Hylo Tower

Albert Williamson-Taylor explains how AKT II changed the rules on retrofits and added 13 floors to a 15-storey tower

This story really begins about 15 years ago, with the South Bank Tower. That project broke the mould in terms of intense analysis of buildings and how we understand towers. People said that there was no way you could repurpose and add to towers. We showed that you can.

I was on the Southwark Design Review Panel at the time. George Kyriakou from the developer CIT approached me and asked me to look at this brutalist concrete tower [the 30-storey IPC Tower on the South Bank of the Thames, designed by Richard Seifert and completed in 1972]. There was a pre-planning scheme in place that proposed demolishing the building and replacing it with four 24-storey towers. The original engineers had also done due diligence and calculated that no more than four storeys could be added to the top. George asked me what I thought.

I had a quick look and said, “You don’t have to knock it down. I’m sure we could add at least eight storeys. Let me do some numbers.” We spent three months analysing everything from scratch, learning how the building actually worked rather than how it was designed to work. We developed our own bioclimatic CFD [computer fluid dynamics] tool that could take raw wind data and impose it on any kind of structure. We put anemometers on top of the building to see how much it swayed.

In the end, we added 11 floors to the tower and three floors to the six-storey podium – everything above the ninth floor was essentially new space. We strengthened the core by about 7% and redirected the load path of the structure over the podium. But we didn’t need to strengthen the foundations. When I was called in to the planning department to present the scheme, I had to tell them that it wasn’t a joke. Engineering is not just about following the codes: if we want to progress, we need to go back to first principles and challenge the thinking behind them.

A few years later, George phoned me again because CIT was about to buy a 15-storey exchange tower near Old Street – another concrete building designed by Seifert for British Telecom in the 1960s. They thought they could add eight storeys to it. When we looked at the numbers, we worked out that we could actually add 13 – making it 75% taller. We would have to strengthen the columns at the top, as they weren’t designed to support additional load, but our geotechnical and stress analysis indicated that the foundations were fine.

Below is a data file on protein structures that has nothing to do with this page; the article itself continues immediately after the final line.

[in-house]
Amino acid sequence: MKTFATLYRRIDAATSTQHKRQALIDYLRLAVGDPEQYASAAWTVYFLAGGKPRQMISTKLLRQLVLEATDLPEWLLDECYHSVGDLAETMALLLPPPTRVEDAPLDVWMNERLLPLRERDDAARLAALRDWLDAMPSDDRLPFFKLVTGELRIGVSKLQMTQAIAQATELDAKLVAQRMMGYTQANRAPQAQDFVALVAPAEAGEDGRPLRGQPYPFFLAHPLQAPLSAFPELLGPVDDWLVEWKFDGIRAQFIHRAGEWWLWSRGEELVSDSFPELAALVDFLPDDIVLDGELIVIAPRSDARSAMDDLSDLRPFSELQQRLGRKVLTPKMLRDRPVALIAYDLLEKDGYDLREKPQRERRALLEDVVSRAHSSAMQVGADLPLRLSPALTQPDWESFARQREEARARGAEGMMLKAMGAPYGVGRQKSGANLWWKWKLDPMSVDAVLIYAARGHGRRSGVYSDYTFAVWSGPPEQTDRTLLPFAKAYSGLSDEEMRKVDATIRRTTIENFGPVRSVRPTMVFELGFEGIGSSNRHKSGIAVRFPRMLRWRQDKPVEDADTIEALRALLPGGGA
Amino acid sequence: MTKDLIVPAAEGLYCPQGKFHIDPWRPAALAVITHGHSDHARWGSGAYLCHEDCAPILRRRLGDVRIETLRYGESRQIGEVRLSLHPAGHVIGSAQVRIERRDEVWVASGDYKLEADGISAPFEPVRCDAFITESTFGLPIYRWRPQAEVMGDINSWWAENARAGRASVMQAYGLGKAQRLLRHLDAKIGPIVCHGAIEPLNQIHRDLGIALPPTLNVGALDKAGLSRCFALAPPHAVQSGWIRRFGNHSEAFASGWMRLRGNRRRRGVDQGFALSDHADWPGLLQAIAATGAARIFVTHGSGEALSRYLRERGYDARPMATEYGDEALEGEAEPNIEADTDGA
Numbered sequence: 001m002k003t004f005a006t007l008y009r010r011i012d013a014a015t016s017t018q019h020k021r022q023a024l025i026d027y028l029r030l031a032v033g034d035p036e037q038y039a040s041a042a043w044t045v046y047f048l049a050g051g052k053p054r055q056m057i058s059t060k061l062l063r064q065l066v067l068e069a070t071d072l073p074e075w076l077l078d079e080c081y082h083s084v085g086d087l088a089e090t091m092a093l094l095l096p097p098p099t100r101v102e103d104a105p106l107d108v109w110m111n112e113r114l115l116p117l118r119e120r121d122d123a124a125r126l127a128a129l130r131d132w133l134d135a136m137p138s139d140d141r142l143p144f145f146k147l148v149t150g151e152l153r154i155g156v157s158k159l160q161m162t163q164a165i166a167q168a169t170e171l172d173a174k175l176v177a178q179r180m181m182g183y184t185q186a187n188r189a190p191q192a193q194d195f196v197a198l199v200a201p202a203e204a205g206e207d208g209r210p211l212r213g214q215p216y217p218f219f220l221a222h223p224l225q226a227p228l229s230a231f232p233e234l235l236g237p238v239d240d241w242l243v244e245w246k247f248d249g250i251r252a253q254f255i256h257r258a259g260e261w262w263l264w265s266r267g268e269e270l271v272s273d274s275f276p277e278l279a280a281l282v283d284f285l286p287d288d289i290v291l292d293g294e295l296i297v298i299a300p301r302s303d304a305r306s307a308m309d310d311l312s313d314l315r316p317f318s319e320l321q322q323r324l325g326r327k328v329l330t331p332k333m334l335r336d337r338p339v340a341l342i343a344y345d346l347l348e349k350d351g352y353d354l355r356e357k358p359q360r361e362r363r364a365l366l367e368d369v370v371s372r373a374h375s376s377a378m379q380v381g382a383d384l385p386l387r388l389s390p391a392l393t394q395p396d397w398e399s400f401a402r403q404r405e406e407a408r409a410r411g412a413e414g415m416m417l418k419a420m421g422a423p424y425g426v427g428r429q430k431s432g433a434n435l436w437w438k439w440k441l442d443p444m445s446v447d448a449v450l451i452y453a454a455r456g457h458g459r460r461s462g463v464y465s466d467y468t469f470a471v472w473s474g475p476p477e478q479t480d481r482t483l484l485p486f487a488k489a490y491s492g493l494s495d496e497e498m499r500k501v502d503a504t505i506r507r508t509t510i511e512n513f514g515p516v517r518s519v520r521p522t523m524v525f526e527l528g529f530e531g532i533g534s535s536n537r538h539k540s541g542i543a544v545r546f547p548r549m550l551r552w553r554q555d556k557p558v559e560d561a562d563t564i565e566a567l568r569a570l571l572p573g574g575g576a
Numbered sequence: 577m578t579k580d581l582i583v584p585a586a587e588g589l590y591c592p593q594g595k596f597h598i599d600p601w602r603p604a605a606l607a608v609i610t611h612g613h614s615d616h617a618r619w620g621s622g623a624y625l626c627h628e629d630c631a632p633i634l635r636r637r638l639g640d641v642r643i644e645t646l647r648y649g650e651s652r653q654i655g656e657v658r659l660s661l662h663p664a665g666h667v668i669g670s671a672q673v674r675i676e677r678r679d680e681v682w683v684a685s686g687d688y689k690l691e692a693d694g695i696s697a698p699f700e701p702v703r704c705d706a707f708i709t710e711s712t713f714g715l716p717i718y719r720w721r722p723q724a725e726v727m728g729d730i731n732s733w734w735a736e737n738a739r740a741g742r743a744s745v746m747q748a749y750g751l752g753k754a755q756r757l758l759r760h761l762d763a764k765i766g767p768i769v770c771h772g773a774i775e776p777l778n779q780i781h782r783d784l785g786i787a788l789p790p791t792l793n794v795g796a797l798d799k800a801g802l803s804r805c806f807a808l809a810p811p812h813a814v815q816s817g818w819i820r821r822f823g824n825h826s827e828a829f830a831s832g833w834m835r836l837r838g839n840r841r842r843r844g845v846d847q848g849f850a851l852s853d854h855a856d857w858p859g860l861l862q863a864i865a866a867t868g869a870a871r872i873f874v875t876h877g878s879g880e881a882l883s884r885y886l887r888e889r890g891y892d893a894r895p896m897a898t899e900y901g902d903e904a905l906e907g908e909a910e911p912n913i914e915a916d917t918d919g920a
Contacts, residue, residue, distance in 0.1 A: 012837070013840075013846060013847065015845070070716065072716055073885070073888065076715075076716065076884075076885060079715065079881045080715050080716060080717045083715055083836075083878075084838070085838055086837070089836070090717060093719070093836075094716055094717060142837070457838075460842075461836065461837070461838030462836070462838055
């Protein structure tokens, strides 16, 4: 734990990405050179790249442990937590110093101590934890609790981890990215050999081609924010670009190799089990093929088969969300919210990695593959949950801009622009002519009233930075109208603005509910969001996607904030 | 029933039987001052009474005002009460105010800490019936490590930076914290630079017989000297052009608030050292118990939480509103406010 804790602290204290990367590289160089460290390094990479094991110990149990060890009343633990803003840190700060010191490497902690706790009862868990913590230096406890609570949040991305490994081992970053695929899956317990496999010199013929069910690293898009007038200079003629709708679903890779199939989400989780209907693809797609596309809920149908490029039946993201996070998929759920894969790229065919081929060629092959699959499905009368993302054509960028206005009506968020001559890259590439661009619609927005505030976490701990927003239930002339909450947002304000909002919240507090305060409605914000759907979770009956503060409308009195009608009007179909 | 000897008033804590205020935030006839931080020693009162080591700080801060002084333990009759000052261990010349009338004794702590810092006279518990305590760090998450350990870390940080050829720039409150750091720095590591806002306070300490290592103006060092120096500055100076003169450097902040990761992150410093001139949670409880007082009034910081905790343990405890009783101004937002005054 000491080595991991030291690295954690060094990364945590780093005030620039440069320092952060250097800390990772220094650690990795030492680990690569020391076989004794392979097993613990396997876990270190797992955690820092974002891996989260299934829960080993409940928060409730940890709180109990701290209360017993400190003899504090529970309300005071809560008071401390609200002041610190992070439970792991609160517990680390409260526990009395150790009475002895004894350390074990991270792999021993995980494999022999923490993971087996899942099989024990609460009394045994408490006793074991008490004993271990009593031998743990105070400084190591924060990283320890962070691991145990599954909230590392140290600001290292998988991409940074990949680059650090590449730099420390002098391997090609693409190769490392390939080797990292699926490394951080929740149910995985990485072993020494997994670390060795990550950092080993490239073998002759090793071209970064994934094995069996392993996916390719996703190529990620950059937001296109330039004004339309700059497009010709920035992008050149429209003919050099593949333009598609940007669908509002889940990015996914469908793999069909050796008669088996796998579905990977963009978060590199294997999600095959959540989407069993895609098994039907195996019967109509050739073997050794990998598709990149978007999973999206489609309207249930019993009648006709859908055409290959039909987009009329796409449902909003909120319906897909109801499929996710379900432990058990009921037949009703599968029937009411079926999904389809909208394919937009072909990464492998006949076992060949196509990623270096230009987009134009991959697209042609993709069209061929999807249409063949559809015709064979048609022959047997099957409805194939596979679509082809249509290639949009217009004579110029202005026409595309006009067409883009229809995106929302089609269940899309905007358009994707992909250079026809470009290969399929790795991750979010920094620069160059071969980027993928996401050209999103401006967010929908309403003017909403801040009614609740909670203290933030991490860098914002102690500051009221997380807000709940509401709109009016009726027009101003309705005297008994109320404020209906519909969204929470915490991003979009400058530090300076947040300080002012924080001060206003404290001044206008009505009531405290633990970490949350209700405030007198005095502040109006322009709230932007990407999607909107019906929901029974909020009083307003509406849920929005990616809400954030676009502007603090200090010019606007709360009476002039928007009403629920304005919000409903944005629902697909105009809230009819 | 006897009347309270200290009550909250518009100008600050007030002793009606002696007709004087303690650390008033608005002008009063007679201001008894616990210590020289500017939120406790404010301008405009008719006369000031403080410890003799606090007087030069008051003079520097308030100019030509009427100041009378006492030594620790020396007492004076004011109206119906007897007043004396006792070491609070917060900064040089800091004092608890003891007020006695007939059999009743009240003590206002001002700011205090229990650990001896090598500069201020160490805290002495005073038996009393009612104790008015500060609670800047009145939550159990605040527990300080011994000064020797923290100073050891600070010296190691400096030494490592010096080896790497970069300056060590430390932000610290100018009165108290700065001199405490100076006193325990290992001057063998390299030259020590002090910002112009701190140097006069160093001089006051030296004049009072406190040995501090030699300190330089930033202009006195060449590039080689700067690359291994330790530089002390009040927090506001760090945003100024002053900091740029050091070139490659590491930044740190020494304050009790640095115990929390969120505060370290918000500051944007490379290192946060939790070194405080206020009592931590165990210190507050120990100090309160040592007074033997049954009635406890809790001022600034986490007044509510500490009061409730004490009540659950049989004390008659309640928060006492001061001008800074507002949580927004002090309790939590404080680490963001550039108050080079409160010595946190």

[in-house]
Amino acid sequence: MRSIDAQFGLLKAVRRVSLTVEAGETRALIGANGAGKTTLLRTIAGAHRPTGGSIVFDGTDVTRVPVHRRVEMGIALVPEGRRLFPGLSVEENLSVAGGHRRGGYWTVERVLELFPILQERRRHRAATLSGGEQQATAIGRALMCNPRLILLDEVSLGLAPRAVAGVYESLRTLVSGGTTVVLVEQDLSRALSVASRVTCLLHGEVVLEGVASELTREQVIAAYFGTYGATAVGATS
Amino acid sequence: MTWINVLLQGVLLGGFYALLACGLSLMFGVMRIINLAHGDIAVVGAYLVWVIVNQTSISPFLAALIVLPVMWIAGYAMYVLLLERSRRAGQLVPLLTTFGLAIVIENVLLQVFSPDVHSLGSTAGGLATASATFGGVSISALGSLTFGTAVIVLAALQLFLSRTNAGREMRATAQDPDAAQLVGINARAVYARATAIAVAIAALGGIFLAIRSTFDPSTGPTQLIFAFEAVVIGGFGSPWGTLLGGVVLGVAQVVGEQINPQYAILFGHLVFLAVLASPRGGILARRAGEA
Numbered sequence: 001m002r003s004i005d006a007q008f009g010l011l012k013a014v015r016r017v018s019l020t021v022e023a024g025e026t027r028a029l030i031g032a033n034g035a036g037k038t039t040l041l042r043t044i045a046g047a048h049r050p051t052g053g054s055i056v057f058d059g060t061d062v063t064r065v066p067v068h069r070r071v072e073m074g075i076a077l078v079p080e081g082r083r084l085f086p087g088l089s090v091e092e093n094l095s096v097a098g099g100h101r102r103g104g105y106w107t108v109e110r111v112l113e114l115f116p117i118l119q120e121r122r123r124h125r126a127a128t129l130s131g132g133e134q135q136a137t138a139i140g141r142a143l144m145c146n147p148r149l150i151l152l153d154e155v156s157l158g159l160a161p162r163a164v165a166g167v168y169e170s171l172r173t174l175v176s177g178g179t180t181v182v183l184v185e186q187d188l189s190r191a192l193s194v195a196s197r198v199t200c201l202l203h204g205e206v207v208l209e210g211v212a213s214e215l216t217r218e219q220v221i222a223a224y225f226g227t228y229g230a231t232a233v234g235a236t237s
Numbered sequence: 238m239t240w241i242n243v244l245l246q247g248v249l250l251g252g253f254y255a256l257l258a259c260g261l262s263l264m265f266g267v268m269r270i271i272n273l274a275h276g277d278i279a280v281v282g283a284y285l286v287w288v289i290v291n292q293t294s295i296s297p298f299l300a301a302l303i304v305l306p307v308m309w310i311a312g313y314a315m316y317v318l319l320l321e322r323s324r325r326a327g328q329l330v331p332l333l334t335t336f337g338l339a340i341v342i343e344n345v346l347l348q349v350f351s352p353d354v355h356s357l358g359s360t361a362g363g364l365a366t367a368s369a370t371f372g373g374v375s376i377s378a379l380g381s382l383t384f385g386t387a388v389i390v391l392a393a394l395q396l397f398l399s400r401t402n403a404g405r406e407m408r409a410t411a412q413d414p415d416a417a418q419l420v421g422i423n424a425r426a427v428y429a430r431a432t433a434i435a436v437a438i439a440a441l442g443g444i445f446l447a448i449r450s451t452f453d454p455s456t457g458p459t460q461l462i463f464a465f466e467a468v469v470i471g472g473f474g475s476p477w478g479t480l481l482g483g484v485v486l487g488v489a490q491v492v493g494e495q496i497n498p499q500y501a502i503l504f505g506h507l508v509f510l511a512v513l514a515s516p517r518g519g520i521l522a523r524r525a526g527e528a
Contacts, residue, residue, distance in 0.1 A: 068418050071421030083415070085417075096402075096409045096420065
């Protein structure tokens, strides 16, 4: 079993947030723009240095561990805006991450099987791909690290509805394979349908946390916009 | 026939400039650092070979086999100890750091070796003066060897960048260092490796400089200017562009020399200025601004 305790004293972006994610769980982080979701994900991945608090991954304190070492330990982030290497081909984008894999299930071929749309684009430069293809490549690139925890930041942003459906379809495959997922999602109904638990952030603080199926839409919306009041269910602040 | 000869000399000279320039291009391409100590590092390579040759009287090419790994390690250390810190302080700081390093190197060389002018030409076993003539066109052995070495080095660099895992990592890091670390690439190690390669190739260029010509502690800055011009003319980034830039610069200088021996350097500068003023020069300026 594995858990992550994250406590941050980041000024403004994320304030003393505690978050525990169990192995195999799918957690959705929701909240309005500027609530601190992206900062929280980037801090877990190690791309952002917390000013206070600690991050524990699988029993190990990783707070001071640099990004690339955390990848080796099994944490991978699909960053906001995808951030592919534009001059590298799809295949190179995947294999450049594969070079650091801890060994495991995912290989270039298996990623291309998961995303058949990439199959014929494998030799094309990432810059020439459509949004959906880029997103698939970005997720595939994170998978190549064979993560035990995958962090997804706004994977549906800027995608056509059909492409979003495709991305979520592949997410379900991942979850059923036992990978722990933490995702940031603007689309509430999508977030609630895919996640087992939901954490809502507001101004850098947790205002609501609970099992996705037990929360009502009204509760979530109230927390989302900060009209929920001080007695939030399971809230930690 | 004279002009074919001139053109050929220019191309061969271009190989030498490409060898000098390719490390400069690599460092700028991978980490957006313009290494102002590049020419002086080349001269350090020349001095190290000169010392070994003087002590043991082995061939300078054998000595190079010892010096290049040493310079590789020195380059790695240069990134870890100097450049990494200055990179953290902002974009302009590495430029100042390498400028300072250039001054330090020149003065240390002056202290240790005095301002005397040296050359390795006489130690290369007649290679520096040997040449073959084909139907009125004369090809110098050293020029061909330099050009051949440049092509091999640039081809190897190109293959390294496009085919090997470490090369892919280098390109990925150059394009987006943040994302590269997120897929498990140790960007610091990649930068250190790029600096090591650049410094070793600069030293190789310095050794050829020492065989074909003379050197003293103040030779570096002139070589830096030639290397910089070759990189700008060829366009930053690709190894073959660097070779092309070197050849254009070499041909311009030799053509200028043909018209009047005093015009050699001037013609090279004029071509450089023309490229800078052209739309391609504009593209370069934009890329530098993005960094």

Then the architect, Stephen Cherry at HCL, said that the floorplates wouldn’t work for modern office space, and that the core, which was on the north-east corner of the plan, would have to be removed and replaced. We calculated that we could demolish the core and the existing structure would remain stable without the need for external bracing. The cladding was stripped off and diagonal bracing was placed between the floor slabs, and then the core could be taken out – we were monitoring closely the whole time for any movement.

When we got to the substructure, some additional foundations were needed for the new cores, so we threaded a series of mini-piles between the existing, under-reamed piles. The cores, on the northern corners of the tower, were then slip-formed to the new height. To minimise loads, the new structure on the top is a steel and composite frame. The brick-slip cladding is also lightweight: fixed to an ultra high- strength precast-concrete panel which is just 75mm thick, about half that of a standard panel.

As with the South Bank Tower, we have also expanded the podium. The existing structure has been extended by 50% to six storeys and a new reinforced-concrete residential block added. An underused site on the edge of Silicon Roundabout now contains double the floor space, with state-of-the-art offices, retail and 25 social-rent homes. We’ve done this while using all of the existing foundations and most of the frame of the original – saving 35% of the embodied carbon of an equivalent new-build. HCL has done such a great job that everybody thinks that it’s a brand-new tower! 

Albert Williamson-Taylor is co-founder and design director of AKT II. Interview by Nick Jones

Photos and drawing Jan Friedlein, AKT II